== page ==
Advantages of an MRI-guided prostate biopsy?

My husband, who is 71, is set to undergo an MRI-guided prostate biopsy. He and I are wondering what to expect. His urologist, who very experienced with the procedure, and is also an advocate of active surveillance, believes the results are more accurate and provide a better guide for future treatments. Any advice or comments from this community would be appreciated. I have aPC, post on this site often, and want to give my partner support.

8 Replies

  • Assuming I understand what your husband's doctor is saying, one way that an MRI can be used in a biopsy is a relatively new and quite advanced procedure in which an MRI is made first, then the patient gets a biopsy using the usual trans-rectal ultrasound (TRUS). A computer matches the MRI result with the ultrasound result in real-time so that the urologist sees integrated information from both scans while he is placing the biopsy needles. This is called an MRI/TRUS fusion biopsy. It is supposed to be the very best approach for finding tumors to be sampled by the urologist.

    If that's not available, it's also possible for the urologist to see separate images from a previous MRI and use his brain to combine the images with what he sees in the TRUS.

    In any case, use of an MRI along with the usual ultrasound gives a clearer image of where the abnormal spots are in the prostate, and that allows the urologist to plan his needle placement more knowledgeably than if he had to just place the needles in a pattern and hope he hit some of the cancer spots.

    They may do an "endorectal" MRI in which an antenna is pushed up the rectum and pressed against the prostate wall. It's uncomfortable and no fun, but it's not really painful. Whether they insert the antenna or not, your husband will then be slid into the tunnel for the MRI which can take many minutes.

    I think the use of the MRI is very much a good thing that will produce a more accurate, informative, and reliable biopsy.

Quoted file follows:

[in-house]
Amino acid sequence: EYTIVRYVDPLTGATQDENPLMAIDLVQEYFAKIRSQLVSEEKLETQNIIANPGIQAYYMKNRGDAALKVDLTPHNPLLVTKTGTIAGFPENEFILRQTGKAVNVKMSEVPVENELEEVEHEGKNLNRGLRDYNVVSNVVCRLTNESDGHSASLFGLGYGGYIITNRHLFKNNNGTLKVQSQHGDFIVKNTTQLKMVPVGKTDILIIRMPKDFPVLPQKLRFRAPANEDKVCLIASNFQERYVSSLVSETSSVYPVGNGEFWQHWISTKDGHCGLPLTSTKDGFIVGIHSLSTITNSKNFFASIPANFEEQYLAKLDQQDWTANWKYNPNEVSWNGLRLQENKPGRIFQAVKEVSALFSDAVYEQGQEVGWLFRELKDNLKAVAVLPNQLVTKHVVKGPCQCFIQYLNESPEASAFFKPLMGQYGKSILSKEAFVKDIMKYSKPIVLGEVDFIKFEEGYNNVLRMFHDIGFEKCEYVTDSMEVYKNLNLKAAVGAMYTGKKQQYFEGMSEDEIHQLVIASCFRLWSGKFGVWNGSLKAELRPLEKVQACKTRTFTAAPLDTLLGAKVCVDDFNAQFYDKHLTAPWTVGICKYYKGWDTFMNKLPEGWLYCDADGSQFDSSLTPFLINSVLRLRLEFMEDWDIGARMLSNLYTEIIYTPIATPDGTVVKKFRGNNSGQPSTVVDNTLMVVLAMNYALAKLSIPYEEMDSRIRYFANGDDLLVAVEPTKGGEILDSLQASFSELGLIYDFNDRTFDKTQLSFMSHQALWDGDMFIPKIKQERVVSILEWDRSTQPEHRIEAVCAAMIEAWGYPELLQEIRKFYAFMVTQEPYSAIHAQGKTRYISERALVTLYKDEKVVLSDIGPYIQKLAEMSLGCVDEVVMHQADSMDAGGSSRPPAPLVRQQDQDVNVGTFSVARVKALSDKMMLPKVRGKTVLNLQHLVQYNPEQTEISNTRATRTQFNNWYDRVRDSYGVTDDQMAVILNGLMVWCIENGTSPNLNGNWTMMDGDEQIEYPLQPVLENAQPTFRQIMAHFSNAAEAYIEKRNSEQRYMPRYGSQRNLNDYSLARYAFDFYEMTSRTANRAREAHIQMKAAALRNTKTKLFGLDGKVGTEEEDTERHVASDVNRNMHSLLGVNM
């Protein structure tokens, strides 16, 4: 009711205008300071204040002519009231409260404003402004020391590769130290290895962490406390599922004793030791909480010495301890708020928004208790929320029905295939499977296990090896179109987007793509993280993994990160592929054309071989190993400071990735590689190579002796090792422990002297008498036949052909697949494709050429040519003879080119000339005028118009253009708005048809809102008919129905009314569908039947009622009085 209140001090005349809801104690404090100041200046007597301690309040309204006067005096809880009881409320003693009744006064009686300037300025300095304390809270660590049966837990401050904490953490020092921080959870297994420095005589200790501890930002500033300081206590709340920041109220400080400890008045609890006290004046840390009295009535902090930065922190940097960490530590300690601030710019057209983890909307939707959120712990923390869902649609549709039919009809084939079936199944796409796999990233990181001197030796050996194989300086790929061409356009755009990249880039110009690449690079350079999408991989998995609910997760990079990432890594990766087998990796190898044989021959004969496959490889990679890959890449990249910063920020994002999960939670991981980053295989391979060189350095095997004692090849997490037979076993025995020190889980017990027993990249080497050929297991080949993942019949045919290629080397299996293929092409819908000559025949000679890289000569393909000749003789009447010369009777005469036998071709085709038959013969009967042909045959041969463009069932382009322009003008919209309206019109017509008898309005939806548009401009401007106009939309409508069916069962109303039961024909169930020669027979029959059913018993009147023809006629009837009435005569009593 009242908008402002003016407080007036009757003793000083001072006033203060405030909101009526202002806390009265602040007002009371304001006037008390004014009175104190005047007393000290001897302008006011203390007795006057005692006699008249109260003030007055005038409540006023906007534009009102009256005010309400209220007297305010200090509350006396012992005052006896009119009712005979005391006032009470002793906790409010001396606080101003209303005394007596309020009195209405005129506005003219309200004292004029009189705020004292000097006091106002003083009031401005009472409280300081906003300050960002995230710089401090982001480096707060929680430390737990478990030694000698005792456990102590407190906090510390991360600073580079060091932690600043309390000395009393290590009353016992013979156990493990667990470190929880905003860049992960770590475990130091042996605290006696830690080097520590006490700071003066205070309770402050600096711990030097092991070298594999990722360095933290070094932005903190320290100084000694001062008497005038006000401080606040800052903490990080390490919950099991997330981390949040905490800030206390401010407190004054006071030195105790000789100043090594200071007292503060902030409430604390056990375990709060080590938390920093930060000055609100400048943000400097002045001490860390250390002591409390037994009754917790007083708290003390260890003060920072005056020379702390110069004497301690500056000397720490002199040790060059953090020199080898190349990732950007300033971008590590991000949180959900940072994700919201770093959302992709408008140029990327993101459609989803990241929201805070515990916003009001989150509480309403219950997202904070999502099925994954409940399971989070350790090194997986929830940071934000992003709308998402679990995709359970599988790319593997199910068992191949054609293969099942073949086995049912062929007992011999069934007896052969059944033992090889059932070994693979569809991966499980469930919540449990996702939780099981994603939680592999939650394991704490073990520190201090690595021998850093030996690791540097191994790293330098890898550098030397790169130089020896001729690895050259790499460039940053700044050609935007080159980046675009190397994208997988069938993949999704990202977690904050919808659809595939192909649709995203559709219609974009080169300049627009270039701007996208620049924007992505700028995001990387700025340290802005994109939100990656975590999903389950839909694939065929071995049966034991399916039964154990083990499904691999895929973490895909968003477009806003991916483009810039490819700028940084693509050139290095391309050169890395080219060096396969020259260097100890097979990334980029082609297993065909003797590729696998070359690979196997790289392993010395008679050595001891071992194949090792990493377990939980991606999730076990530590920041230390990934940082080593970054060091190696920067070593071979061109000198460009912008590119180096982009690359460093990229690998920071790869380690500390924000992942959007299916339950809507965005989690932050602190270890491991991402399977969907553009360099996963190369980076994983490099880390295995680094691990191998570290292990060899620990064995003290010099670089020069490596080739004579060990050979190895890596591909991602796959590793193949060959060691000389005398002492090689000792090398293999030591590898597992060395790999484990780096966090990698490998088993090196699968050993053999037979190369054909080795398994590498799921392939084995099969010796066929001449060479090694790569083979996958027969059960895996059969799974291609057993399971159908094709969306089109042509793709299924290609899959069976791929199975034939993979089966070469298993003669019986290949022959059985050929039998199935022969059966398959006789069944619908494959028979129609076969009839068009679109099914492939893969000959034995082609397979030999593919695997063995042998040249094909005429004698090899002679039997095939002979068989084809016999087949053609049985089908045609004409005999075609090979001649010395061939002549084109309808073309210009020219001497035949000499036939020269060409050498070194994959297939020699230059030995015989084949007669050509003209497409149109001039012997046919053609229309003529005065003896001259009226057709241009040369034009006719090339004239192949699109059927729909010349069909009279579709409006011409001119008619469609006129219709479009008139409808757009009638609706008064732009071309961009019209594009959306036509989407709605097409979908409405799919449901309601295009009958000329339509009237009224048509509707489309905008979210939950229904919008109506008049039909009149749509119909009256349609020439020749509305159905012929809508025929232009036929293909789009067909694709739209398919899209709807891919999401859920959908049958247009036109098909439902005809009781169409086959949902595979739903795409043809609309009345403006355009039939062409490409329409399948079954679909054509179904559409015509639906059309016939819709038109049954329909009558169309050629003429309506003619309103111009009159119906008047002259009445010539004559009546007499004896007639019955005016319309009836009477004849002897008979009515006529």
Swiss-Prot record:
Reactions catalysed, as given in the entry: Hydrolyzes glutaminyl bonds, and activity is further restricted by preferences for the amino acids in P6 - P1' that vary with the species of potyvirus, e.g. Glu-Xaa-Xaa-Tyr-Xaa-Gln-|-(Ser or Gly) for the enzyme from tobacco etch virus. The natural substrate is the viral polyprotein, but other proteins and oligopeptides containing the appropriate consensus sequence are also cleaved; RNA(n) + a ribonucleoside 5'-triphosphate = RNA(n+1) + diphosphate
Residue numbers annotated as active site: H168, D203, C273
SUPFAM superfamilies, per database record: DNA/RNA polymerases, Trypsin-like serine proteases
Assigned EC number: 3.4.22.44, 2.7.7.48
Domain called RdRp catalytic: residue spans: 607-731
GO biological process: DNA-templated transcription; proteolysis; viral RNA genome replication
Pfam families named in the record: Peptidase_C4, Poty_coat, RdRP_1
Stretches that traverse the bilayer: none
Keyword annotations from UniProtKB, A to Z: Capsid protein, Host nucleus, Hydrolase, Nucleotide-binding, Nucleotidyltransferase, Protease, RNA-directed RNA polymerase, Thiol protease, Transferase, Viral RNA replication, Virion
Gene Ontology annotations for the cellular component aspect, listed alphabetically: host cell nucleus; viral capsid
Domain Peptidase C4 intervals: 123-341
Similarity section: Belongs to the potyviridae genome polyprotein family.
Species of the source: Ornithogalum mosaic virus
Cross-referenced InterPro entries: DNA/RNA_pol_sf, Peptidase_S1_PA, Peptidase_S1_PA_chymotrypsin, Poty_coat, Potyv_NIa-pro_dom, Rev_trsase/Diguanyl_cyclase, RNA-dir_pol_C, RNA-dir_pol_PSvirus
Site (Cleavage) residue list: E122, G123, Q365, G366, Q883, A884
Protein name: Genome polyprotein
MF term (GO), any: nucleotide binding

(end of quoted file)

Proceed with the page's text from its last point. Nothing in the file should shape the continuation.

Best of luck.


  • Alan, as usual you provide such up-to-date information on this topic. I will read your response to my husband tonight. He is quite anxious--obviously. He has had the MRI and will have the biopsy in two weeks. Many thanks. Ron

  • You can take my case as an example for what AlanMeyer ( an excellent mentor ) has advised you. In 2015 in a routine check up my PSA was 7.9. I had no urinary problems and my DRE was normal too. My urologist ordered a MRI which indicated some malignant development in my prostate gland. This was followed by a TRUS biopsy ( 12 core ). Now I say FORTUNATELY I was diagnosed with a very aggressive prostate cancer of Gleason 9. Immediately I followed an equally aggressive treatment regimen : Radical Retropubic Prostatectomy ( surgery ), IG IMRT ( image guided radiation therapy along with 2 years continuous ADT ( androgen deprivation theray ). I used Zoladex 10.8mg every 3 months + Bicalutamide 50mg daily during this therapy. Ever since my treatment my PSA has stabilized at 0.008. Don't feel you are UNFORTUNATE if you are properly diagnosed for prostate cancer. I was diagnosed for PCa at 69 just before my birth day. What a gift anyway!

    Best of luck to you and your husband.


  • Thanks, Sisira, for the added information. I will have my partner read it, too. Sounds like you are stable now after undergoing what can only be called a "hellish' series of treatments. Stay strong!

  • Whatever treatment which prevents a person from going to HELL I treat as HEAVENLY! Hope you will learn soon how to deal with Advanced Prostate Cancer. I wish your partner be pronounced truly NEGATIVE for PCa at the diagnosis. Good luck and God Bless you.


  • Thanks again, Sisira. I do appreciate that the time men on this site, such as yourself, take so much time to impart comfort and knowledge. You are a mentor in so many ways. God Bless you as well. I will send you word following my husband's biopsy.

  • Please do so. You are a dedicated and great partner your husband is certainly privileged to have! Should you enter a battle against PCa you will have the full support of our "war ship". There are several brave and brilliant captains who can give you enough arsenals to fight. Just retain your will power. Lets hear often about your progress. Its a pleasure to be in service whilst we fight our own battle.


  • Captain Sisira, the title suits you. I will keep in touch. I have many more questions. And I will share my experiences as I can.

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